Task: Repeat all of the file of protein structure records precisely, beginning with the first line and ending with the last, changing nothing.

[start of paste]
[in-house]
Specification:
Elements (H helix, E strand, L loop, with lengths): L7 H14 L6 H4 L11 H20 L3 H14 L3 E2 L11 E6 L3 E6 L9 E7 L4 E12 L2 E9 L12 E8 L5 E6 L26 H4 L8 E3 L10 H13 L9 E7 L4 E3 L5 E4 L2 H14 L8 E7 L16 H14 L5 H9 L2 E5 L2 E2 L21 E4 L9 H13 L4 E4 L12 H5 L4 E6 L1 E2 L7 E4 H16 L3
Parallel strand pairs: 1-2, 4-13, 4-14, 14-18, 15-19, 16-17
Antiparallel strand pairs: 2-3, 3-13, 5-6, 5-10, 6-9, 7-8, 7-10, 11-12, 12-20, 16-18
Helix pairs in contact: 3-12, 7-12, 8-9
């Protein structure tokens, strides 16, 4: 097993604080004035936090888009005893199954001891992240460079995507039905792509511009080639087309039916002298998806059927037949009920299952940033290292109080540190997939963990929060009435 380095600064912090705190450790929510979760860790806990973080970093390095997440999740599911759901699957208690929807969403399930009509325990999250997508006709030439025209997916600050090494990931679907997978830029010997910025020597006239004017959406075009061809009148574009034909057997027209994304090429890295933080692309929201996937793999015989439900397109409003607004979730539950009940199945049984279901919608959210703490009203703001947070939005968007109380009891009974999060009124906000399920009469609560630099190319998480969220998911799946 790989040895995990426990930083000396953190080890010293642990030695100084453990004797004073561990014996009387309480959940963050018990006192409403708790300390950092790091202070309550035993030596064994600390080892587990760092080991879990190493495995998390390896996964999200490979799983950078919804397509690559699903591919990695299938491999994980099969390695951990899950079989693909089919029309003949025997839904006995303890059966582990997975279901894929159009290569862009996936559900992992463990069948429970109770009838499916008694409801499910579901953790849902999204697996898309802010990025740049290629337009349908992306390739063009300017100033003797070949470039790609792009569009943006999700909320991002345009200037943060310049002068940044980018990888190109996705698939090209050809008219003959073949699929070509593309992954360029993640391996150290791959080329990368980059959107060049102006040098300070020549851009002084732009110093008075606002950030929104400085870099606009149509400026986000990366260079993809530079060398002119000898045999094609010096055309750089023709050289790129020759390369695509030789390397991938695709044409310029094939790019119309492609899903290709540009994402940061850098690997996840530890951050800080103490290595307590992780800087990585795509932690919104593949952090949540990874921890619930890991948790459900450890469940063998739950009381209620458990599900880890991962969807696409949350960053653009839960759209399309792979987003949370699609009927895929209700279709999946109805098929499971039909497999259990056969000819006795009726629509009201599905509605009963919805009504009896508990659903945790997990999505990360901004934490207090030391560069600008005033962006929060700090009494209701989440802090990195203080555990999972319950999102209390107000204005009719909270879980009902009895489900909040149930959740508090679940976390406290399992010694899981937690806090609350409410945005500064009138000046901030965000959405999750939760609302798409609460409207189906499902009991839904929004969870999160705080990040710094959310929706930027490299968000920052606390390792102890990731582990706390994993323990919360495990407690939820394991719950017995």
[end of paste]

[in-house]
Specification:
Elements (H helix, E strand, L loop, with lengths): L7 H14 L6 H4 L11 H20 L3 H14 L3 E2 L11 E6 L3 E6 L9 E7 L4 E12 L2 E9 L12 E8 L5 E6 L26 H4 L8 E3 L10 H13 L9 E7 L4 E3 L5 E4 L2 H14 L8 E7 L16 H14 L5 H9 L2 E5 L2 E2 L21 E4 L9 H13 L4 E4 L12 H5 L4 E6 L1 E2 L7 E4 H16 L3
Parallel strand pairs: 1-2, 4-13, 4-14, 14-18, 15-19, 16-17
Antiparallel strand pairs: 2-3, 3-13, 5-6, 5-10, 6-9, 7-8, 7-10, 11-12, 12-20, 16-18
Helix pairs in contact: 3-12, 7-12, 8-9
């Protein structure tokens, strides 16, 4: 097993604080004035936090888009005893199954001891992240460079995507039905792509511009080639087309039916002298998806059927037949009920299952940033290292109080540190997939963990929060009435 380095600064912090705190450790929510979760860790806990973080970093390095997440999740599911759901699957208690929807969403399930009509325990999250997508006709030439025209997916600050090494990931679907997978830029010997910025020597006239004017959406075009061809009148574009034909057997027209994304090429890295933080692309929201996937793999015989439900397109409003607004979730539950009940199945049984279901919608959210703490009203703001947070939005968007109380009891009974999060009124906000399920009469609560630099190319998480969220998911799946 790989040895995990426990930083000396953190080890010293642990030695100084453990004797004073561990014996009387309480959940963050018990006192409403708790300390950092790091202070309550035993030596064994600390080892587990760092080991879990190493495995998390390896996964999200490979799983950078919804397509690559699903591919990695299938491999994980099969390695951990899950079989693909089919029309003949025997839904006995303890059966582990997975279901894929159009290569862009996936559900992992463990069948429970109770009838499916008694409801499910579901953790849902999204697996898309802010990025740049290629337009349908992306390739063009300017100033003797070949470039790609792009569009943006999700909320991002345009200037943060310049002068940044980018990888190109996705698939090209050809008219003959073949699929070509593309992954360029993640391996150290791959080329990368980059959107060049102006040098300070020549851009002084732009110093008075606002950030929104400085870099606009149509400026986000990366260079993809530079060398002119000898045999094609010096055309750089023709050289790129020759390369695509030789390397991938695709044409310029094939790019119309492609899903290709540009994402940061850098690997996840530890951050800080103490290595307590992780800087990585795509932690919104593949952090949540990874921890619930890991948790459900450890469940063998739950009381209620458990599900880890991962969807696409949350960053653009839960759209399309792979987003949370699609009927895929209700279709999946109805098929499971039909497999259990056969000819006795009726629509009201599905509605009963919805009504009896508990659903945790997990999505990360901004934490207090030391560069600008005033962006929060700090009494209701989440802090990195203080555990999972319950999102209390107000204005009719909270879980009902009895489900909040149930959740508090679940976390406290399992010694899981937690806090609350409410945005500064009138000046901030965000959405999750939760609302798409609460409207189906499902009991839904929004969870999160705080990040710094959310929706930027490299968000920052606390390792102890990731582990706390994993323990919360495990407690939820394991719950017995």